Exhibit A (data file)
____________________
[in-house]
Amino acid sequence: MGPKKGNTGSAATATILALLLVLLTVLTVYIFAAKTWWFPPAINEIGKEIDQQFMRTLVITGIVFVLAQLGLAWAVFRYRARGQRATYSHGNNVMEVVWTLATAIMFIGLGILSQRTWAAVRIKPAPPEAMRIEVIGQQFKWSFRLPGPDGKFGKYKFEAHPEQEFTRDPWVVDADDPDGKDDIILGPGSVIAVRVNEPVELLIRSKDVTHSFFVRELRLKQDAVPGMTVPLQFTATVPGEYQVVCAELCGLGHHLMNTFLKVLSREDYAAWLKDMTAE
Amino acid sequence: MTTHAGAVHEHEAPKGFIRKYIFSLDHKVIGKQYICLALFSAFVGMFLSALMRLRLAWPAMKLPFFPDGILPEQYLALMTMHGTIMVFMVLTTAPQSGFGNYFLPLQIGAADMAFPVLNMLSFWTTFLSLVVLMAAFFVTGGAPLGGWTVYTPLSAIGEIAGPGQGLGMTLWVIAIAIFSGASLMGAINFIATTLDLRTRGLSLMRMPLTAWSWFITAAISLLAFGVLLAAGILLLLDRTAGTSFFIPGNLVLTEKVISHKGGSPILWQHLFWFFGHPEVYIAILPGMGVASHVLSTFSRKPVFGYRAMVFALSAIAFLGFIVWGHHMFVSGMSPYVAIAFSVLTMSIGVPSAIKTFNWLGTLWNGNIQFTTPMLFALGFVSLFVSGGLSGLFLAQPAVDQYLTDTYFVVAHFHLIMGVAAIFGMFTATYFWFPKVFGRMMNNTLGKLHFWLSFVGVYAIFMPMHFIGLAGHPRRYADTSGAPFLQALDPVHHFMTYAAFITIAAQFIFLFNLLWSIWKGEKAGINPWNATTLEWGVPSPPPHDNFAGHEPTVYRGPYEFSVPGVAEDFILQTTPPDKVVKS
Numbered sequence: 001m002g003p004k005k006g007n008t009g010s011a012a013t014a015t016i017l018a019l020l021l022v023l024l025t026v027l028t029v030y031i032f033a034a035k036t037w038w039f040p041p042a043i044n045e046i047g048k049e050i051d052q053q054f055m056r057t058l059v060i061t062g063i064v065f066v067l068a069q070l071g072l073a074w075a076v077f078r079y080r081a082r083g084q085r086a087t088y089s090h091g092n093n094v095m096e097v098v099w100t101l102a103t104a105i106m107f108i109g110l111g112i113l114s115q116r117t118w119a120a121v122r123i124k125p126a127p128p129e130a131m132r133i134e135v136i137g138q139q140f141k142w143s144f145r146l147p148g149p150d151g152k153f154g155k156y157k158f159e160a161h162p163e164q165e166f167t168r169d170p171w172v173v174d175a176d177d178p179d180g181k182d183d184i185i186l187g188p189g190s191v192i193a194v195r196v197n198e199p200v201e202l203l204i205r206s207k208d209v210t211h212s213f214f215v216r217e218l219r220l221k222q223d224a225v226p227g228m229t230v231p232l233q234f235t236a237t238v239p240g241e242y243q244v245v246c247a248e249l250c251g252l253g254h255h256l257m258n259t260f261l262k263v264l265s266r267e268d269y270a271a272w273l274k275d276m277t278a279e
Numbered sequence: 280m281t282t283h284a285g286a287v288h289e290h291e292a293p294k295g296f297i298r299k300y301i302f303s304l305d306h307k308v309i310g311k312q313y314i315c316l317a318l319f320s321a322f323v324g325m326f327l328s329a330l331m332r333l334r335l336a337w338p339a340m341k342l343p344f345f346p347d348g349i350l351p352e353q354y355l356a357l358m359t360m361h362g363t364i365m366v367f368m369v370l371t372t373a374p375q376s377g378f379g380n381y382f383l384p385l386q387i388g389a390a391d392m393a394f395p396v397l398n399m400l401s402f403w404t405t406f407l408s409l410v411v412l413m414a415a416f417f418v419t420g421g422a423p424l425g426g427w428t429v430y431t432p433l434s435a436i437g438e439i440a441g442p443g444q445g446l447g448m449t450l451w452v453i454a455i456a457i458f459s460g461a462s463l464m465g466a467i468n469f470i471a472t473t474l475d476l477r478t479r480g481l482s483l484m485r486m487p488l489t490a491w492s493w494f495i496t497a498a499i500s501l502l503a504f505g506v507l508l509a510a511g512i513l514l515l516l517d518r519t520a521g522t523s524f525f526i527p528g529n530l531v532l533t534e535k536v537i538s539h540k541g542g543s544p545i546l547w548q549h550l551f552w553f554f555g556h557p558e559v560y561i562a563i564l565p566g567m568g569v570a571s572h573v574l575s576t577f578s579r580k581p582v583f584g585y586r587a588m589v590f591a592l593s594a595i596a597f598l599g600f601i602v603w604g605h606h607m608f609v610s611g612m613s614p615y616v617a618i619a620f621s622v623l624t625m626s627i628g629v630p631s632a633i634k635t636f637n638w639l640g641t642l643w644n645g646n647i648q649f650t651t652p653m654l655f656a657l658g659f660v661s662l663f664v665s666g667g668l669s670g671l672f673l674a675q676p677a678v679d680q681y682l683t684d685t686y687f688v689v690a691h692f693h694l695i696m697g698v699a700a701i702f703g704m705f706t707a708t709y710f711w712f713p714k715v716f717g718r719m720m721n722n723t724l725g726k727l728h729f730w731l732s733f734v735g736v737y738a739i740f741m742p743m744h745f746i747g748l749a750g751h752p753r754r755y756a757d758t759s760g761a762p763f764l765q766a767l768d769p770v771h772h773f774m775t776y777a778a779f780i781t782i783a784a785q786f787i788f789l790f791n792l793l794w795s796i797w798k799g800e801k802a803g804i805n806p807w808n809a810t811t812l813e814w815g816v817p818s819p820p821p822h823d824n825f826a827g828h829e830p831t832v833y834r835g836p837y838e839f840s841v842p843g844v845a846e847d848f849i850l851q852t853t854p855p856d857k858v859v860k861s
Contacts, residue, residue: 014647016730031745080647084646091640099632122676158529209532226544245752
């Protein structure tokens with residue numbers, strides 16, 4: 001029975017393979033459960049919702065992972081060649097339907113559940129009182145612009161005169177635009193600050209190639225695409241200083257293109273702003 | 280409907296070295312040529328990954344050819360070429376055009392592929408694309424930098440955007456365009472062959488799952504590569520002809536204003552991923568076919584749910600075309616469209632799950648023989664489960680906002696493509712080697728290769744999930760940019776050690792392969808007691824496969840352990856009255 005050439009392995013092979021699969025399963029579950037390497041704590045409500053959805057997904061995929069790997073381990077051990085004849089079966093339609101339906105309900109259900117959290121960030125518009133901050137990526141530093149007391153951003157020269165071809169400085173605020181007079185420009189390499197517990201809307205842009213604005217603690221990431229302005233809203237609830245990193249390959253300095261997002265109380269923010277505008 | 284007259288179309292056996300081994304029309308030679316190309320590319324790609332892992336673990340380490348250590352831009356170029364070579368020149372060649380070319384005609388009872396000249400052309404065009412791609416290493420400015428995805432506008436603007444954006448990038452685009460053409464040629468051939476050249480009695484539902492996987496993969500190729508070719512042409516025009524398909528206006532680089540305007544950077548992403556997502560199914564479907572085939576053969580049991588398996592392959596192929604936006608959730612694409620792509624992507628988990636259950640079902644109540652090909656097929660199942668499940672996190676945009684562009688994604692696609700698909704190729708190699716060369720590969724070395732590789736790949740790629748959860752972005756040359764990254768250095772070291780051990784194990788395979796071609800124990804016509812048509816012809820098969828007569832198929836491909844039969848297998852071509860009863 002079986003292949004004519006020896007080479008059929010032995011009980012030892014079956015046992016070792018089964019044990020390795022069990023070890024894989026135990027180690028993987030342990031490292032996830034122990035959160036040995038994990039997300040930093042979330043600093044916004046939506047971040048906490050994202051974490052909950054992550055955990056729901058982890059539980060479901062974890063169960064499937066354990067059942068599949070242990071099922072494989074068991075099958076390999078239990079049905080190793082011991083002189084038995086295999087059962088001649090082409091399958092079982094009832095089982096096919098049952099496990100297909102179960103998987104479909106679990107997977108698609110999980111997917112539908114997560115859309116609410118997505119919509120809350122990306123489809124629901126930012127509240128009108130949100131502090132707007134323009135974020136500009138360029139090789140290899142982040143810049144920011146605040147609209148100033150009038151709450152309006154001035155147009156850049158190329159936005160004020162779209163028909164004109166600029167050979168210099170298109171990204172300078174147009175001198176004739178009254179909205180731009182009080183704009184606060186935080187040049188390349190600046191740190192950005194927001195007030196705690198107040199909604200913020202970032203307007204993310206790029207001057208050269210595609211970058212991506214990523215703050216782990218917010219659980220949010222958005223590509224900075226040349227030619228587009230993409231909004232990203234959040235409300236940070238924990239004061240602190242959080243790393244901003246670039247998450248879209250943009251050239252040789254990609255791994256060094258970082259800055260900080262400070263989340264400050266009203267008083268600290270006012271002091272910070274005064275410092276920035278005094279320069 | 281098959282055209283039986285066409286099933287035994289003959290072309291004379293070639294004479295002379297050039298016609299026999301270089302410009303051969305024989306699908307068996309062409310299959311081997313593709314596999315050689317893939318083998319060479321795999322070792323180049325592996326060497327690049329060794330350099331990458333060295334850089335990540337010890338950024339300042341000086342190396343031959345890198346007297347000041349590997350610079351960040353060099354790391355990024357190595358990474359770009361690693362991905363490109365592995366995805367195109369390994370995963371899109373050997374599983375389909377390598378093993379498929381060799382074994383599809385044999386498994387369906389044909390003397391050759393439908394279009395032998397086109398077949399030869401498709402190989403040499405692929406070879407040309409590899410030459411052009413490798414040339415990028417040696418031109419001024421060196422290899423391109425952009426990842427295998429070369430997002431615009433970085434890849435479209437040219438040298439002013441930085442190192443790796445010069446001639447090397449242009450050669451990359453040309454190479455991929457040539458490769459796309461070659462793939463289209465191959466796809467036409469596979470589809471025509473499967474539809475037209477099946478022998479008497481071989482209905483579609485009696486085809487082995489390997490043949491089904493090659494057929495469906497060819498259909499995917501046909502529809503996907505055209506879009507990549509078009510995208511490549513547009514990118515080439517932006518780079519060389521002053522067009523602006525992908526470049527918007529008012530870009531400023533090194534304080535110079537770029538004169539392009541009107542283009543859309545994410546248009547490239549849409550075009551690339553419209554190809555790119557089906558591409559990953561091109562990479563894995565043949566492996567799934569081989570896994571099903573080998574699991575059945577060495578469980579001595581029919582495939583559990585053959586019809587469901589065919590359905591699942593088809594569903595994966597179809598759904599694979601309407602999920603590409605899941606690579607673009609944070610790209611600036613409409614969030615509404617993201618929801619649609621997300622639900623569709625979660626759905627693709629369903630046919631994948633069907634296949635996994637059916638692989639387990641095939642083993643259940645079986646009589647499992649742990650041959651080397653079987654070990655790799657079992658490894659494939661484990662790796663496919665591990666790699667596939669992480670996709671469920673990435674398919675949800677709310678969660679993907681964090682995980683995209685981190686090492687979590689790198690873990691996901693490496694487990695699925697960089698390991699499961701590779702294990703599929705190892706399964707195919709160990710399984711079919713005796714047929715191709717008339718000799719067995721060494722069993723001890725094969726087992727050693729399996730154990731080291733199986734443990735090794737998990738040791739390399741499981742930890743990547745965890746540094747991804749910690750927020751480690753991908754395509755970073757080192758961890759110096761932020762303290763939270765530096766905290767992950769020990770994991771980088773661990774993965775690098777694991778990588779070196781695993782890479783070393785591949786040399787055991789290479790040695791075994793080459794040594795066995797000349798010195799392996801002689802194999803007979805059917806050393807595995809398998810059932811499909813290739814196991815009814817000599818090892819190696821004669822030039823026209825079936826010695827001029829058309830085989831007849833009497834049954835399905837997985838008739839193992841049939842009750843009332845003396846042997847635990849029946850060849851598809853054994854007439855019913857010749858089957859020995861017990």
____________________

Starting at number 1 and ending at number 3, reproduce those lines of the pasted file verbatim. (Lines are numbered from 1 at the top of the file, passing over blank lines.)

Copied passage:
[in-house]
Amino acid sequence: MGPKKGNTGSAATATILALLLVLLTVLTVYIFAAKTWWFPPAINEIGKEIDQQFMRTLVITGIVFVLAQLGLAWAVFRYRARGQRATYSHGNNVMEVVWTLATAIMFIGLGILSQRTWAAVRIKPAPPEAMRIEVIGQQFKWSFRLPGPDGKFGKYKFEAHPEQEFTRDPWVVDADDPDGKDDIILGPGSVIAVRVNEPVELLIRSKDVTHSFFVRELRLKQDAVPGMTVPLQFTATVPGEYQVVCAELCGLGHHLMNTFLKVLSREDYAAWLKDMTAE
Amino acid sequence: MTTHAGAVHEHEAPKGFIRKYIFSLDHKVIGKQYICLALFSAFVGMFLSALMRLRLAWPAMKLPFFPDGILPEQYLALMTMHGTIMVFMVLTTAPQSGFGNYFLPLQIGAADMAFPVLNMLSFWTTFLSLVVLMAAFFVTGGAPLGGWTVYTPLSAIGEIAGPGQGLGMTLWVIAIAIFSGASLMGAINFIATTLDLRTRGLSLMRMPLTAWSWFITAAISLLAFGVLLAAGILLLLDRTAGTSFFIPGNLVLTEKVISHKGGSPILWQHLFWFFGHPEVYIAILPGMGVASHVLSTFSRKPVFGYRAMVFALSAIAFLGFIVWGHHMFVSGMSPYVAIAFSVLTMSIGVPSAIKTFNWLGTLWNGNIQFTTPMLFALGFVSLFVSGGLSGLFLAQPAVDQYLTDTYFVVAHFHLIMGVAAIFGMFTATYFWFPKVFGRMMNNTLGKLHFWLSFVGVYAIFMPMHFIGLAGHPRRYADTSGAPFLQALDPVHHFMTYAAFITIAAQFIFLFNLLWSIWKGEKAGINPWNATTLEWGVPSPPPHDNFAGHEPTVYRGPYEFSVPGVAEDFILQTTPPDKVVKS